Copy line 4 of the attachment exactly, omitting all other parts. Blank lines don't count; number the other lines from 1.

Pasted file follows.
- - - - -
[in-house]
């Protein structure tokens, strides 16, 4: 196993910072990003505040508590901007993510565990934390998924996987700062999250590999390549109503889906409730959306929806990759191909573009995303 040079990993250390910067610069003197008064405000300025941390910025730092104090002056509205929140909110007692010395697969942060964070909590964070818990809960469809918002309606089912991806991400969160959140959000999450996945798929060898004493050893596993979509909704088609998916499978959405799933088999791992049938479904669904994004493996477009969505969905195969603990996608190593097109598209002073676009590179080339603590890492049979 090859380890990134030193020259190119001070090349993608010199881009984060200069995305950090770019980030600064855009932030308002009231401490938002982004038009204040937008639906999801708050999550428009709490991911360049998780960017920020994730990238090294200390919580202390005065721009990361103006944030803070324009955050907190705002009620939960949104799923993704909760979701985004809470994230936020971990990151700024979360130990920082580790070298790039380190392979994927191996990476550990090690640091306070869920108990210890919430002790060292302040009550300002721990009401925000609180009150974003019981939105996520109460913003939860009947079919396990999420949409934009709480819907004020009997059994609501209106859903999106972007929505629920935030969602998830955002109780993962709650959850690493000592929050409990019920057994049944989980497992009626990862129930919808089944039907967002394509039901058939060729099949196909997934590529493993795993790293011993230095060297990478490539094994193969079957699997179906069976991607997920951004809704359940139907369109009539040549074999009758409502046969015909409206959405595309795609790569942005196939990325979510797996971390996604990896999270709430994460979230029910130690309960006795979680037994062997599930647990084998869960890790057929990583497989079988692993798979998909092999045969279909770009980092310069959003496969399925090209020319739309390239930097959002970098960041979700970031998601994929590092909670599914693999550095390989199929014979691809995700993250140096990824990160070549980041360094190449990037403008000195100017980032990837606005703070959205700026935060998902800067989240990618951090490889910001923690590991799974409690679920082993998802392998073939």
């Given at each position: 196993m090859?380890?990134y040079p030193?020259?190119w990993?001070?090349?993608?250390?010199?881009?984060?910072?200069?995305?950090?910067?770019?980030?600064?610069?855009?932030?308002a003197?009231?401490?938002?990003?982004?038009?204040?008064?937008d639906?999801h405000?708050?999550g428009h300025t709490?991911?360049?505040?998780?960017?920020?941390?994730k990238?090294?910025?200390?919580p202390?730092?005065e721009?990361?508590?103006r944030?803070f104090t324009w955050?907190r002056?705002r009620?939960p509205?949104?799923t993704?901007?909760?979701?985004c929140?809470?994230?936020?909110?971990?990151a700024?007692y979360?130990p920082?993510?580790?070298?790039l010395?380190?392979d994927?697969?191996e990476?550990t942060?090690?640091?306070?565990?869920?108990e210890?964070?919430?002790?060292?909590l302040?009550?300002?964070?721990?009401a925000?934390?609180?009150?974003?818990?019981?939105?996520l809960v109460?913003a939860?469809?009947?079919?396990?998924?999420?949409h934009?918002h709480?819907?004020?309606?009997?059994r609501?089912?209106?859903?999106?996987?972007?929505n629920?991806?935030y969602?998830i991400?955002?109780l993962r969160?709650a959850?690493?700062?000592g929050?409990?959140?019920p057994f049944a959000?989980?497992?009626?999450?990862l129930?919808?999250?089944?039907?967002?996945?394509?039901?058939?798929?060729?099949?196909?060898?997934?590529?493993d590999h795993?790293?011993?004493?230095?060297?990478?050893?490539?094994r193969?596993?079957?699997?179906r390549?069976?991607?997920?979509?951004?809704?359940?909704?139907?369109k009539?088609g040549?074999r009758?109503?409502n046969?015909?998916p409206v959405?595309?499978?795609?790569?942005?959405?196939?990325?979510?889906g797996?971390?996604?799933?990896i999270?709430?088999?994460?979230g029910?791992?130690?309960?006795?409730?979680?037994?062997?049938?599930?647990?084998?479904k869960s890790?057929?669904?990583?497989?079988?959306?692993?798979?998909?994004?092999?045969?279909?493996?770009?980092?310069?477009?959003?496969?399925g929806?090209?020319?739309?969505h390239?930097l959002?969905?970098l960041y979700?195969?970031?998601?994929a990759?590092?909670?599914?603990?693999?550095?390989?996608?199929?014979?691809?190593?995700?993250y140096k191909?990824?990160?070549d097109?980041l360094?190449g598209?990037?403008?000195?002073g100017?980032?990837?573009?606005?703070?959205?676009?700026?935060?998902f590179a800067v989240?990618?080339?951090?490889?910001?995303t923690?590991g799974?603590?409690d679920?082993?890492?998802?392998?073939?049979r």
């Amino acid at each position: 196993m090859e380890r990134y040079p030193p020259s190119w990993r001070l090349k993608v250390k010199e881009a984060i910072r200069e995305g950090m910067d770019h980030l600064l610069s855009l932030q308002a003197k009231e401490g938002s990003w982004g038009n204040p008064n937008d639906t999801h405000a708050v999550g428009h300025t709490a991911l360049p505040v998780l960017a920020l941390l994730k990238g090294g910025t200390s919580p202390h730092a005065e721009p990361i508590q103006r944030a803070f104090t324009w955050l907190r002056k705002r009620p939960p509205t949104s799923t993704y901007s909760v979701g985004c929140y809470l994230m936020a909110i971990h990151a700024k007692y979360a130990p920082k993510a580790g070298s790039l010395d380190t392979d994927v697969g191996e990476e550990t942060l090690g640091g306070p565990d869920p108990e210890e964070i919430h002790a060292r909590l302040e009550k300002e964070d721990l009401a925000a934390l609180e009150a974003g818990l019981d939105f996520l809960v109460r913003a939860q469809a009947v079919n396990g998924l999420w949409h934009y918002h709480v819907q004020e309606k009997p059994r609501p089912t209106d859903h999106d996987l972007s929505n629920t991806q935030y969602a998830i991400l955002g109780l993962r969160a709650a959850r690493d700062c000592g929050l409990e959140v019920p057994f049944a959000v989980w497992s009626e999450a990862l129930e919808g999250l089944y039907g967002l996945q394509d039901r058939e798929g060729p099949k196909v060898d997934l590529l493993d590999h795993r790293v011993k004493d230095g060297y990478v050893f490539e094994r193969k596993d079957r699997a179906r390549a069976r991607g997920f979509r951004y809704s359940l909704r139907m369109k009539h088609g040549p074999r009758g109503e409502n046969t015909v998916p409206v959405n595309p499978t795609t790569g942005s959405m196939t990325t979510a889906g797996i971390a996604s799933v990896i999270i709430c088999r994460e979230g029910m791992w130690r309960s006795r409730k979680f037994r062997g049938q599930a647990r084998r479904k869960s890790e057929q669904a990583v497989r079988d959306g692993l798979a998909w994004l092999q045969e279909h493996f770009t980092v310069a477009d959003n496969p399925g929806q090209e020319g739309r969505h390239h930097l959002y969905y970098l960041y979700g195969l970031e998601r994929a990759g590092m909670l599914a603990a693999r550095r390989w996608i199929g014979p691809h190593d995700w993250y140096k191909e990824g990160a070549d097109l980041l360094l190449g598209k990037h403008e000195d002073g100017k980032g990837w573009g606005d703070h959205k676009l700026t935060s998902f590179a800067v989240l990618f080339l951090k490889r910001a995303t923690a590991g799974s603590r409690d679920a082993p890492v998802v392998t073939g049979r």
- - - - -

């Amino acid at each position: 196993m090859e380890r990134y040079p030193p020259s190119w990993r001070l090349k993608v250390k010199e881009a984060i910072r200069e995305g950090m910067d770019h980030l600064l610069s855009l932030q308002a003197k009231e401490g938002s990003w982004g038009n204040p008064n937008d639906t999801h405000a708050v999550g428009h300025t709490a991911l360049p505040v998780l960017a920020l941390l994730k990238g090294g910025t200390s919580p202390h730092a005065e721009p990361i508590q103006r944030a803070f104090t324009w955050l907190r002056k705002r009620p939960p509205t949104s799923t993704y901007s909760v979701g985004c929140y809470l994230m936020a909110i971990h990151a700024k007692y979360a130990p920082k993510a580790g070298s790039l010395d380190t392979d994927v697969g191996e990476e550990t942060l090690g640091g306070p565990d869920p108990e210890e964070i919430h002790a060292r909590l302040e009550k300002e964070d721990l009401a925000a934390l609180e009150a974003g818990l019981d939105f996520l809960v109460r913003a939860q469809a009947v079919n396990g998924l999420w949409h934009y918002h709480v819907q004020e309606k009997p059994r609501p089912t209106d859903h999106d996987l972007s929505n629920t991806q935030y969602a998830i991400l955002g109780l993962r969160a709650a959850r690493d700062c000592g929050l409990e959140v019920p057994f049944a959000v989980w497992s009626e999450a990862l129930e919808g999250l089944y039907g967002l996945q394509d039901r058939e798929g060729p099949k196909v060898d997934l590529l493993d590999h795993r790293v011993k004493d230095g060297y990478v050893f490539e094994r193969k596993d079957r699997a179906r390549a069976r991607g997920f979509r951004y809704s359940l909704r139907m369109k009539h088609g040549p074999r009758g109503e409502n046969t015909v998916p409206v959405n595309p499978t795609t790569g942005s959405m196939t990325t979510a889906g797996i971390a996604s799933v990896i999270i709430c088999r994460e979230g029910m791992w130690r309960s006795r409730k979680f037994r062997g049938q599930a647990r084998r479904k869960s890790e057929q669904a990583v497989r079988d959306g692993l798979a998909w994004l092999q045969e279909h493996f770009t980092v310069a477009d959003n496969p399925g929806q090209e020319g739309r969505h390239h930097l959002y969905y970098l960041y979700g195969l970031e998601r994929a990759g590092m909670l599914a603990a693999r550095r390989w996608i199929g014979p691809h190593d995700w993250y140096k191909e990824g990160a070549d097109l980041l360094l190449g598209k990037h403008e000195d002073g100017k980032g990837w573009g606005d703070h959205k676009l700026t935060s998902f590179a800067v989240l990618f080339l951090k490889r910001a995303t923690a590991g799974s603590r409690d679920a082993p890492v998802v392998t073939g049979r």